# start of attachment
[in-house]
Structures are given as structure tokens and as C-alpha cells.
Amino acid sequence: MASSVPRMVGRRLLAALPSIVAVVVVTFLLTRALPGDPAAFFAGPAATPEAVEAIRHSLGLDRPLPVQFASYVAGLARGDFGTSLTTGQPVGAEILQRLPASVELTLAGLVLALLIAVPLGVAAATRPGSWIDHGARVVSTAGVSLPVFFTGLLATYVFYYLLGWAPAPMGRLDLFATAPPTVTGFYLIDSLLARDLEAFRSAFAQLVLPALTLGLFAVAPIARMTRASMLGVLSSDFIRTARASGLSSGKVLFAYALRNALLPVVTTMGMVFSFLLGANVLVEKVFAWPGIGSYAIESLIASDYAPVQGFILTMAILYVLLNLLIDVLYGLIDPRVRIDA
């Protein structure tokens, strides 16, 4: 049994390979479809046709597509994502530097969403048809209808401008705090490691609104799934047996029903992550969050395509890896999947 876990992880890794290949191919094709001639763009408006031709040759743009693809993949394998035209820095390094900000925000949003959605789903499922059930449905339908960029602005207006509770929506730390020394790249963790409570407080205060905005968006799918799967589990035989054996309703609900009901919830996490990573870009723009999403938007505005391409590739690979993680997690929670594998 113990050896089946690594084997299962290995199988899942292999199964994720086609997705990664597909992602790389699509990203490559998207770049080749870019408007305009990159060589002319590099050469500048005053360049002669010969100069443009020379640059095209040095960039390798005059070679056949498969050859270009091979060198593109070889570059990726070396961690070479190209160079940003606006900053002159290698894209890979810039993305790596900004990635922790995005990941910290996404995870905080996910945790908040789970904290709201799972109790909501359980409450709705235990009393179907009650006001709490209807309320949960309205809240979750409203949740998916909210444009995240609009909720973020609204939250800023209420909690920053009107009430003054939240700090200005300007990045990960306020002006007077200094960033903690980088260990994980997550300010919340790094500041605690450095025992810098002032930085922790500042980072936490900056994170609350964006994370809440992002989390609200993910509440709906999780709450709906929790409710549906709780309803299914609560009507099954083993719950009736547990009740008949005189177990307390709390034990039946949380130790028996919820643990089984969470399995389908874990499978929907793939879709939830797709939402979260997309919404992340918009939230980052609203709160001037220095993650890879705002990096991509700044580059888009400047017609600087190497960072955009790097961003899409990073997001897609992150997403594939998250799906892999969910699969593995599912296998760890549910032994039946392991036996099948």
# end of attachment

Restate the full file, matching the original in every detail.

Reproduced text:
[in-house]
Structures are given as structure tokens and as C-alpha cells.
Amino acid sequence: MASSVPRMVGRRLLAALPSIVAVVVVTFLLTRALPGDPAAFFAGPAATPEAVEAIRHSLGLDRPLPVQFASYVAGLARGDFGTSLTTGQPVGAEILQRLPASVELTLAGLVLALLIAVPLGVAAATRPGSWIDHGARVVSTAGVSLPVFFTGLLATYVFYYLLGWAPAPMGRLDLFATAPPTVTGFYLIDSLLARDLEAFRSAFAQLVLPALTLGLFAVAPIARMTRASMLGVLSSDFIRTARASGLSSGKVLFAYALRNALLPVVTTMGMVFSFLLGANVLVEKVFAWPGIGSYAIESLIASDYAPVQGFILTMAILYVLLNLLIDVLYGLIDPRVRIDA
């Protein structure tokens, strides 16, 4: 049994390979479809046709597509994502530097969403048809209808401008705090490691609104799934047996029903992550969050395509890896999947 876990992880890794290949191919094709001639763009408006031709040759743009693809993949394998035209820095390094900000925000949003959605789903499922059930449905339908960029602005207006509770929506730390020394790249963790409570407080205060905005968006799918799967589990035989054996309703609900009901919830996490990573870009723009999403938007505005391409590739690979993680997690929670594998 113990050896089946690594084997299962290995199988899942292999199964994720086609997705990664597909992602790389699509990203490559998207770049080749870019408007305009990159060589002319590099050469500048005053360049002669010969100069443009020379640059095209040095960039390798005059070679056949498969050859270009091979060198593109070889570059990726070396961690070479190209160079940003606006900053002159290698894209890979810039993305790596900004990635922790995005990941910290996404995870905080996910945790908040789970904290709201799972109790909501359980409450709705235990009393179907009650006001709490209807309320949960309205809240979750409203949740998916909210444009995240609009909720973020609204939250800023209420909690920053009107009430003054939240700090200005300007990045990960306020002006007077200094960033903690980088260990994980997550300010919340790094500041605690450095025992810098002032930085922790500042980072936490900056994170609350964006994370809440992002989390609200993910509440709906999780709450709906929790409710549906709780309803299914609560009507099954083993719950009736547990009740008949005189177990307390709390034990039946949380130790028996919820643990089984969470399995389908874990499978929907793939879709939830797709939402979260997309919404992340918009939230980052609203709160001037220095993650890879705002990096991509700044580059888009400047017609600087190497960072955009790097961003899409990073997001897609992150997403594939998250799906892999969910699969593995599912296998760890549910032994039946392991036996099948």